News / Planning


Beirut Wonder Forest Prototype #1


After the great buzz that still has the Lebanese community talking about it, Archileb is following up on the much anticipated first intervention of Studio Invisible and REACT’s Beirut Wonder Forest. Prototype #1 is a 70 year old residential structure in Rue 6 of Sector 46 in Badaro, Beirut. As Wassim Melki puts it: “[It’s] Nothing fancy, just a couple of trees in a large fixed pot on each rooftop". When the intervention was completed, the newly founded Ngo and Studio Invisible shared with us the project’s information.

“Alongside adding some green cover to the area of Badaro, the aim of this prototype was to create a platform of experimentation allowing us to be aware of the challenges to be faced in accomplishing similar interventions, as well as creating an example that would answer all frequently asked questions. And here it is important to Note that we have founded an NGO (REACT), to push for the Implementation and the follow-up of “Beirut Wonder Forest”.
Following the publication of Beirut Wonder Forest, one of the major concerns (and criticism) we were faced with was the issue of Structure, and if buildings in Beirut would be able to sustain the extra weight generated by the trees and their soil. Accordingly, it was primordial to have a relatively “Old” edifice for our prototype. It was also important to have it in a Low to Middle level residential area where the public involvement and attention would be higher. We have therefore chosen the Nawfal Building, a 70 years old structure, slightly affected by shrapnel, but built using reinforced concrete, and we were lucky enough to have the blessing of its owner. A simple structural survey was enough to conclude that our intervention would not cause any risk, and to be even more on the safe side, we have decided to place the Larger trees (weighing more than 200kg), centered on top of the building’s pillars. Moreover, to avoid any moisture on the concrete, all pots were elevated on a plate.
The other important challenge was the trees and shrubs themselves, and here the selection criteria was based on the fact that the species should survive the Pot condition, should be common to the Beirut Climate, as well as the roof natural Condition, such as strong winds, shade from surrounding buildings, etc... On the Other hand, it was important also to choose species that have relatively Low maintenance, i.e. requiring minimal pruning, not susceptible to diseases and pests, and relatively drought-tolerant.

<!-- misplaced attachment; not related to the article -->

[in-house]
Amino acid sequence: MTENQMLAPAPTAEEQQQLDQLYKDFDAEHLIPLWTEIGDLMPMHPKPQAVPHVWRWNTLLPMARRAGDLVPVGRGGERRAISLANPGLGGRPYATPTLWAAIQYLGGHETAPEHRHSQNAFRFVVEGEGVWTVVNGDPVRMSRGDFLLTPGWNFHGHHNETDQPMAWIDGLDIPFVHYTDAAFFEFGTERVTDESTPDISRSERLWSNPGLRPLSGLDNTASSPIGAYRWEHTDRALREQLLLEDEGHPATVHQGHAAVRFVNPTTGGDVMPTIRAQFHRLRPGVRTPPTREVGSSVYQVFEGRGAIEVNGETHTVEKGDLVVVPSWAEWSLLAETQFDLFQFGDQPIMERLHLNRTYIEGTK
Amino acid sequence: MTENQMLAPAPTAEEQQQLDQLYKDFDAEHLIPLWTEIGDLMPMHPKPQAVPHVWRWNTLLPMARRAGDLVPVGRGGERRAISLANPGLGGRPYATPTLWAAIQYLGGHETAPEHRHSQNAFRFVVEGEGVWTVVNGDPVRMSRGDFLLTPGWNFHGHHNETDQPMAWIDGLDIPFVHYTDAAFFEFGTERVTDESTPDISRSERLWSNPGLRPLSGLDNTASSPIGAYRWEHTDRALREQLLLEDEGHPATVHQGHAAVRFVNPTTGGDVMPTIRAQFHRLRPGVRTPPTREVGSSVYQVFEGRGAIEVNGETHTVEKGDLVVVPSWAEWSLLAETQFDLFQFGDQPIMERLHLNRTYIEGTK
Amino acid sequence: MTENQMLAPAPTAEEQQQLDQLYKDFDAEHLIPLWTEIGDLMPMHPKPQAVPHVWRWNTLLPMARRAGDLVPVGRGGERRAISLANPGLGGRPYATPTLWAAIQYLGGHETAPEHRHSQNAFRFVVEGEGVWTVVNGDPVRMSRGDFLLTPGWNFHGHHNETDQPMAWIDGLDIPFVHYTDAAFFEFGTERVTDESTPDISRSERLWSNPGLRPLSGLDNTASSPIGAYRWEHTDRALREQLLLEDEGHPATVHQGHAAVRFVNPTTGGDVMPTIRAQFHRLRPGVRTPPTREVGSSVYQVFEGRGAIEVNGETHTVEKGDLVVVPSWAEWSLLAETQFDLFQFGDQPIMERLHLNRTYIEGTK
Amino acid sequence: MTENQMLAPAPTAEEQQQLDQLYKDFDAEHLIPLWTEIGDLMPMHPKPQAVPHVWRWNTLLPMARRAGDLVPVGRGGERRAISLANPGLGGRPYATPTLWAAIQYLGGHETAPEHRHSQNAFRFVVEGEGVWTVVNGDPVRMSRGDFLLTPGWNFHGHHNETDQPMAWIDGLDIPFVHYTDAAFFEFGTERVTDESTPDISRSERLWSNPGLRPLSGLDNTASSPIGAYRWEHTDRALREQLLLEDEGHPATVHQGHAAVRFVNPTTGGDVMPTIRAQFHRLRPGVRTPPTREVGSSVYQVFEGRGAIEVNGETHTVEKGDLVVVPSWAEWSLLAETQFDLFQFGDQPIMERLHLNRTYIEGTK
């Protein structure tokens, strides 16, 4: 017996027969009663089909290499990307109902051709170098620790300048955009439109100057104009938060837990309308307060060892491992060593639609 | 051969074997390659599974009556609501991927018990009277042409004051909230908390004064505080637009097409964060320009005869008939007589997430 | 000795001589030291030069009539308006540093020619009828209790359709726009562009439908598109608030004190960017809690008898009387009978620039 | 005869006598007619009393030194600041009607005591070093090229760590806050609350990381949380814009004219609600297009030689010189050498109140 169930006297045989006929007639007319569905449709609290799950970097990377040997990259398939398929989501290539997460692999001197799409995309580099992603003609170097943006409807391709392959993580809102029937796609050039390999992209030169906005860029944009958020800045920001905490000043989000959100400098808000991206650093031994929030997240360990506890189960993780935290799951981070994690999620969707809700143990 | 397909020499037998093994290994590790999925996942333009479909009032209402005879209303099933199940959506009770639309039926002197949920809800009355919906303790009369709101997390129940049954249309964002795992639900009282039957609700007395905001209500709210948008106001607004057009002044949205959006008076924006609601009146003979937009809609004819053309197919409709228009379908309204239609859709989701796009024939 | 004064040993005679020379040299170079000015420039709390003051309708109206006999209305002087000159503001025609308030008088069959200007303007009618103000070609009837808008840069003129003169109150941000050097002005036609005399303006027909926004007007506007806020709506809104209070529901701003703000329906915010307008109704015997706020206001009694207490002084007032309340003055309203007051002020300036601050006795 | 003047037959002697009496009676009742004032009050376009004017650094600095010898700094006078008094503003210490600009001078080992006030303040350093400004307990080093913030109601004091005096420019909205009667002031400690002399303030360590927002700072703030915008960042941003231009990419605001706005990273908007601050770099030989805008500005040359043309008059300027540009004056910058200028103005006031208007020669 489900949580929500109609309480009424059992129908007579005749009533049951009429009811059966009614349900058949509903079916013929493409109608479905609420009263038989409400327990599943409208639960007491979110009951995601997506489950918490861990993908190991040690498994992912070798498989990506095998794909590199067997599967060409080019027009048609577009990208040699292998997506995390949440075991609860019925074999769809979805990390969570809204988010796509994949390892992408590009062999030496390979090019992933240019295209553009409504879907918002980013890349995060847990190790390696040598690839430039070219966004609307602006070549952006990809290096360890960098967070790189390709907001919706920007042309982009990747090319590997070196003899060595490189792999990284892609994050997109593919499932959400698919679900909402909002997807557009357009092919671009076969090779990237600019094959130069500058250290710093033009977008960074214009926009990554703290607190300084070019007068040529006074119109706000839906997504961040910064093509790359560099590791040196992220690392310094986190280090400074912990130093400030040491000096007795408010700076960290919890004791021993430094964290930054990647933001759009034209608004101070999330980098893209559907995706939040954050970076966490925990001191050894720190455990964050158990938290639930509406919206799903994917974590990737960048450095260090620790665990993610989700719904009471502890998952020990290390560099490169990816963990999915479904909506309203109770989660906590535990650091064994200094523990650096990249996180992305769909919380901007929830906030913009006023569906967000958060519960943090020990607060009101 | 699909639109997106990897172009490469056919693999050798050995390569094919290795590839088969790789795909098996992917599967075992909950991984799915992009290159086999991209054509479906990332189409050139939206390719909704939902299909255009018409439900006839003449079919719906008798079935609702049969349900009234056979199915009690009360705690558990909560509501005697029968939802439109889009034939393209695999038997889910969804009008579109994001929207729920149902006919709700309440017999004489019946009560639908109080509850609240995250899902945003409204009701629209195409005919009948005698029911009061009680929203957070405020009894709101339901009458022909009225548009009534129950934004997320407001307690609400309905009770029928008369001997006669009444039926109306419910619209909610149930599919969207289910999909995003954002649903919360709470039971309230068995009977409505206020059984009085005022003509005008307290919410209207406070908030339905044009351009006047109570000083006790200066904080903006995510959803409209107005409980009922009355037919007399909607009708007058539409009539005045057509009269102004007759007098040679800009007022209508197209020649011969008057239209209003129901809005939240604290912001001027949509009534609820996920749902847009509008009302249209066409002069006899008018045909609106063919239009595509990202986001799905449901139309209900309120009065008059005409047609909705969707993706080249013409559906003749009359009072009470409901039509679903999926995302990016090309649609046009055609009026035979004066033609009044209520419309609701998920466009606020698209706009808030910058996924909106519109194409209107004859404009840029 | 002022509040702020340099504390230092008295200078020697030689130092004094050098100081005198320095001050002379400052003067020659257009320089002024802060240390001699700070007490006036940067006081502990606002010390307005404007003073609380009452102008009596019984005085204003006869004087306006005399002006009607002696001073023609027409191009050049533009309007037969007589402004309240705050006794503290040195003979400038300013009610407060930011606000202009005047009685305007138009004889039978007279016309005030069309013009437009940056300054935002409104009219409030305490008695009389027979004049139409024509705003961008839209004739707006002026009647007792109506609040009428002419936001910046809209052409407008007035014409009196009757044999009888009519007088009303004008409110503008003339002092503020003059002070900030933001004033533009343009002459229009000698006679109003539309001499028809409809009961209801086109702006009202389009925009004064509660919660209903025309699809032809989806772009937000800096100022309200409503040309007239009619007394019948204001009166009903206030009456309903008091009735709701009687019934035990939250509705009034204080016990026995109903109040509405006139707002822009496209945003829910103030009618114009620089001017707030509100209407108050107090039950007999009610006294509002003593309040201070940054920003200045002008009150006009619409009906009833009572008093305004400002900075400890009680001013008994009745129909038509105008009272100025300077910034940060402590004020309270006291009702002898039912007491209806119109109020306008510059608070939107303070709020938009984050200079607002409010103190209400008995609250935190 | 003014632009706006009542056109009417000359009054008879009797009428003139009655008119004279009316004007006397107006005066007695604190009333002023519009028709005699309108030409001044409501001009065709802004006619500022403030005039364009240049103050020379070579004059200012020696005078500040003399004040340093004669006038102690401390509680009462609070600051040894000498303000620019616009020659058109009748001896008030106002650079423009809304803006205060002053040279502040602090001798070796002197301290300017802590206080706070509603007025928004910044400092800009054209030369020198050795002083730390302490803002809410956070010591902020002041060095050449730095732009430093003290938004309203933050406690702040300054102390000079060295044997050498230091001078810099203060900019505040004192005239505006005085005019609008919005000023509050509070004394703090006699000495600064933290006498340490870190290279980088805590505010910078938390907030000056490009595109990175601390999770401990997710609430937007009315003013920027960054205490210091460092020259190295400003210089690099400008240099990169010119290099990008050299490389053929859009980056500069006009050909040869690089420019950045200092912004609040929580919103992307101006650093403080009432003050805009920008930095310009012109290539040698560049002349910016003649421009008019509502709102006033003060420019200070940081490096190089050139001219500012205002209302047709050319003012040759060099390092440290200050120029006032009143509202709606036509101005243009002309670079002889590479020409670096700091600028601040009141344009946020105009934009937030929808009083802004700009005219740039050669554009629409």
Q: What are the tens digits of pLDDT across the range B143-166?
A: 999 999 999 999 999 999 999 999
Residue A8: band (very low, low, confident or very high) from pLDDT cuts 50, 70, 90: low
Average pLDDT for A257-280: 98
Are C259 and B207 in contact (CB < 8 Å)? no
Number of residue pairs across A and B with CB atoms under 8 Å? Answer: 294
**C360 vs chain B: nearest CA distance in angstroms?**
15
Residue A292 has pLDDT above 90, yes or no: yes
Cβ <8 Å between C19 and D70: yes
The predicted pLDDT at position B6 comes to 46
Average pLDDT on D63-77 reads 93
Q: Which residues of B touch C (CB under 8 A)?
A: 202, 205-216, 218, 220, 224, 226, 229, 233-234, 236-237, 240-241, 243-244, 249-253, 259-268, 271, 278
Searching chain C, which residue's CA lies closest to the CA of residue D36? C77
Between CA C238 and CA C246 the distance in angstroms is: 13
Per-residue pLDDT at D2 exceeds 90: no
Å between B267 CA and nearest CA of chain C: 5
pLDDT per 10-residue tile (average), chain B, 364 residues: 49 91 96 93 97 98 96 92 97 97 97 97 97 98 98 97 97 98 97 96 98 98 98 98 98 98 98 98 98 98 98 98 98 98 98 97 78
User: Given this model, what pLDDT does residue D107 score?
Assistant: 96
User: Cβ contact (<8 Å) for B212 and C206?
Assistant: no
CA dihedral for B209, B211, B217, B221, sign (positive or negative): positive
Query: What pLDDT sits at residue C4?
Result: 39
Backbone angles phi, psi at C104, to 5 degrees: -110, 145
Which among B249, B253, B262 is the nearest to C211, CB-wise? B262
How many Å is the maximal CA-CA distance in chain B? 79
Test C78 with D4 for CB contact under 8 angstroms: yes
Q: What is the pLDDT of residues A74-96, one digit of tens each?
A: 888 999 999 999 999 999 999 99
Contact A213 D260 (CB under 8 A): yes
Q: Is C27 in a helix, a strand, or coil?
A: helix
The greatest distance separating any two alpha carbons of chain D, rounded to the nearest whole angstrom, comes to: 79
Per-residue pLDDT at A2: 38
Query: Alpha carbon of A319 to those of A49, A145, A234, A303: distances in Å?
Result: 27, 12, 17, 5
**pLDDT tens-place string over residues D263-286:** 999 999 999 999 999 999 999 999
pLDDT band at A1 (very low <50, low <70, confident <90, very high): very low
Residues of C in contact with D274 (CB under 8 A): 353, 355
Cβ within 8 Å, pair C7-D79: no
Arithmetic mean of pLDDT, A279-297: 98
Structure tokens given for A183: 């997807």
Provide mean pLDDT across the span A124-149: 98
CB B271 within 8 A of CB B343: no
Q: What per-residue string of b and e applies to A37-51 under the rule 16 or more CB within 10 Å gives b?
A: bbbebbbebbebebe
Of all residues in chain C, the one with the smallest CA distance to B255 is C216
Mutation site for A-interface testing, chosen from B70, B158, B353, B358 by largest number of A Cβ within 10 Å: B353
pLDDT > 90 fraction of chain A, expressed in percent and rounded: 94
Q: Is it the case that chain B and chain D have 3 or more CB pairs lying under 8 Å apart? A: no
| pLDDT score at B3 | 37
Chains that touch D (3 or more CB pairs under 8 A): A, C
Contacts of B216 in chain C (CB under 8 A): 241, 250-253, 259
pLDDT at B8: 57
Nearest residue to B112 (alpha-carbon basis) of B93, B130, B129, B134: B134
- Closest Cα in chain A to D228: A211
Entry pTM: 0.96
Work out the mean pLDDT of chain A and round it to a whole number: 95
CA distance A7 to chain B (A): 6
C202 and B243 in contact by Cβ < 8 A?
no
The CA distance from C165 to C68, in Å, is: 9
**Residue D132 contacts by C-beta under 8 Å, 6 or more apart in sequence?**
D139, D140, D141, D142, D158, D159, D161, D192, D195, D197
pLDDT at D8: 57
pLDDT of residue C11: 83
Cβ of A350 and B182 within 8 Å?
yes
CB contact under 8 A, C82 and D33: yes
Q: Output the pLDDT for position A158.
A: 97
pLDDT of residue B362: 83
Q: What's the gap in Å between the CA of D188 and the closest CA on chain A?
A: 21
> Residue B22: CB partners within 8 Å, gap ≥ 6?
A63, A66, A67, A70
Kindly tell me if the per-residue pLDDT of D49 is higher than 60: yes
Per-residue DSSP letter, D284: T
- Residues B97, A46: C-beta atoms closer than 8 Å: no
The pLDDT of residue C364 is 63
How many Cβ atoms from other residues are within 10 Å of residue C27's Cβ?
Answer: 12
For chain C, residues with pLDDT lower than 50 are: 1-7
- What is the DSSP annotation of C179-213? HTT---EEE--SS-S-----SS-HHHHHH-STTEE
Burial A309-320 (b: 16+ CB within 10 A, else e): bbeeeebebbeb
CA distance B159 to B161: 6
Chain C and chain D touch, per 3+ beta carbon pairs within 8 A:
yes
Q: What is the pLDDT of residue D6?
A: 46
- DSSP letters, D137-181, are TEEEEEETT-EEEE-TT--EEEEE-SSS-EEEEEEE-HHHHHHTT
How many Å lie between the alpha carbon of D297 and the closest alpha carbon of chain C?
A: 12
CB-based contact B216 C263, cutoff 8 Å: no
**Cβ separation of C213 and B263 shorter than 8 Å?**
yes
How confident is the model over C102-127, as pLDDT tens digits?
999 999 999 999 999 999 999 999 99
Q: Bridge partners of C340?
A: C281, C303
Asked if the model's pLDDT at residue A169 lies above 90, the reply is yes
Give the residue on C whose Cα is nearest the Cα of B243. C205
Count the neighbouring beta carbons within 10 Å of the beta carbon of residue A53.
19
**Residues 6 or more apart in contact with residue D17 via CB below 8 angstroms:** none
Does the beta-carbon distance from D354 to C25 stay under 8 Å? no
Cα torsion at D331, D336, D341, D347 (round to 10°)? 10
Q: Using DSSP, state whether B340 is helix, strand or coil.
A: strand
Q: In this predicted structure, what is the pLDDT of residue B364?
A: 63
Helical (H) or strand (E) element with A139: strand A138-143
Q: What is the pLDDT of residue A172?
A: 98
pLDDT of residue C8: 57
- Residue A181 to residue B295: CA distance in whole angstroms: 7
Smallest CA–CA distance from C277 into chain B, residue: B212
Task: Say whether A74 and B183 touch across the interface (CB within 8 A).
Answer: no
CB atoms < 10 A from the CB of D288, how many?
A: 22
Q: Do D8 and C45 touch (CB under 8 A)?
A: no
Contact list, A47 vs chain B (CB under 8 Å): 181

All the trees/shrubs selected are Broadleaf and mostly evergreen, to maintain the green scenery and be able to contribute to some extent to the air regeneration throughout the whole year. Here is the List of all the Trees/Shrubs that we used:
-5 x Ficus benjamina (weeping fig)
-1 x Fortunella margarita (Kamquat)
-1 x Viburnum tinus
-1 x Ficus lyrata
-Eugenia sp.
-Euonymus sp.
-Pittosporum tobira (nana)
-Hibiscus sinensis
-Carissa grandiflora
-Punica granatum nana
-Clerodendron trichotomum
-Trachelospermum jasminoides (star jasmine)
- Vitis vinifera (grape vine)
-Bougainvellea glabra
-Jaminum sp.A small leftover space has also been used
On the other hand, 2 trees were planted in a small leftover space on the ground floor:
-1 x Citrus x limoni (lemon tree)
-1 x Olea europaea (Olive)
And last but not least, we are complimenting the prototype with a basic rainwater collection system. However we are expecting the irrigation and the longterm maintenance of the prototype -and the project as a whole- to be manual and on an individual basis, as first it would lower the costs drastically, and second, it will involve the residents in the process. However farfetched that may sound, we believe (and Hope), that we as Lebanese should be capable of accomplishing something more significant than the biggest Hummus plate.”
All trees were provided by: Albizia
Agricultural Consultant: Dima Rachid
Photos courtesy of: Carel Adem, Rana Rmeily, Pierre Attallah

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  1. Sir Mark Sykes

    Dear Nour, the point we were trying to prove in our prototype is that it could be executed on relatively old buildings (hence mostly all buildings), affordable and easily done by residents who have no "design" notion whatsoever. We believe that the importance is in the trees themselves and in their expected maintenance and growth. Of course if the project is to expand, A more unified approach (in the design of the planters for example) will be considered.

  2. Sir Mark Sykes

    As for the Cost of our intervention, knowing that we have added as much as 8 trees and more than 20 shrubs, with their new pots and the extra soil and fertilizer,Transportation and the hired workers, as well as the initial cleaning up of the roof, the total was slightly over 800$. We are expecting to have it for relatively less if the project is officially launched and the quantities we are ordering are higher.

  3. Karim

    Nice, any chance telling us how much the whole thing cost?

  4. Nour El Khazen

    nice,.. but they shld ve worked more on the design, just by adding minor details to give a more united look especially if the aim was to prove a point like it is stated in the article. it would ve helped their case and concept to make an impression.